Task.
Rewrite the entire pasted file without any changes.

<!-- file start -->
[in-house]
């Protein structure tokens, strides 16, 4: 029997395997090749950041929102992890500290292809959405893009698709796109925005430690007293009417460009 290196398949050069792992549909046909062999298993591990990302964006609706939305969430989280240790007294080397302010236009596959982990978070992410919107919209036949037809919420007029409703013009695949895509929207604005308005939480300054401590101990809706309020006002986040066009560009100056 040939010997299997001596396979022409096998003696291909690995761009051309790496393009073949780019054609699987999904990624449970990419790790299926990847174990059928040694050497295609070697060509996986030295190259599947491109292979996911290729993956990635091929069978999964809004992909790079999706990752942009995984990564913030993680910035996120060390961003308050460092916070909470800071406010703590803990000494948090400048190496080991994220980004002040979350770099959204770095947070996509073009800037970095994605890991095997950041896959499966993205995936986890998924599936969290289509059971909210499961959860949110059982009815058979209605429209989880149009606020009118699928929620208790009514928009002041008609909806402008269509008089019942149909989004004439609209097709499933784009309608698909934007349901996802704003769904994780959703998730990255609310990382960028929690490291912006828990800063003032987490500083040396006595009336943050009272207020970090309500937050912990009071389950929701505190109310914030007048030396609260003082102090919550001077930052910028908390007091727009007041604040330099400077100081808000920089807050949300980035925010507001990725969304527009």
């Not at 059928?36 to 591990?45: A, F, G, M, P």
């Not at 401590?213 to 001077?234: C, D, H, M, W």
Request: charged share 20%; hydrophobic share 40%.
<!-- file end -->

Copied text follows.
[in-house]
């Protein structure tokens, strides 16, 4: 029997395997090749950041929102992890500290292809959405893009698709796109925005430690007293009417460009 290196398949050069792992549909046909062999298993591990990302964006609706939305969430989280240790007294080397302010236009596959982990978070992410919107919209036949037809919420007029409703013009695949895509929207604005308005939480300054401590101990809706309020006002986040066009560009100056 040939010997299997001596396979022409096998003696291909690995761009051309790496393009073949780019054609699987999904990624449970990419790790299926990847174990059928040694050497295609070697060509996986030295190259599947491109292979996911290729993956990635091929069978999964809004992909790079999706990752942009995984990564913030993680910035996120060390961003308050460092916070909470800071406010703590803990000494948090400048190496080991994220980004002040979350770099959204770095947070996509073009800037970095994605890991095997950041896959499966993205995936986890998924599936969290289509059971909210499961959860949110059982009815058979209605429209989880149009606020009118699928929620208790009514928009002041008609909806402008269509008089019942149909989004004439609209097709499933784009309608698909934007349901996802704003769904994780959703998730990255609310990382960028929690490291912006828990800063003032987490500083040396006595009336943050009272207020970090309500937050912990009071389950929701505190109310914030007048030396609260003082102090919550001077930052910028908390007091727009007041604040330099400077100081808000920089807050949300980035925010507001990725969304527009």
């Not at 059928?36 to 591990?45: A, F, G, M, P």
């Not at 401590?213 to 001077?234: C, D, H, M, W």
Request: charged share 20%; hydrophobic share 40%.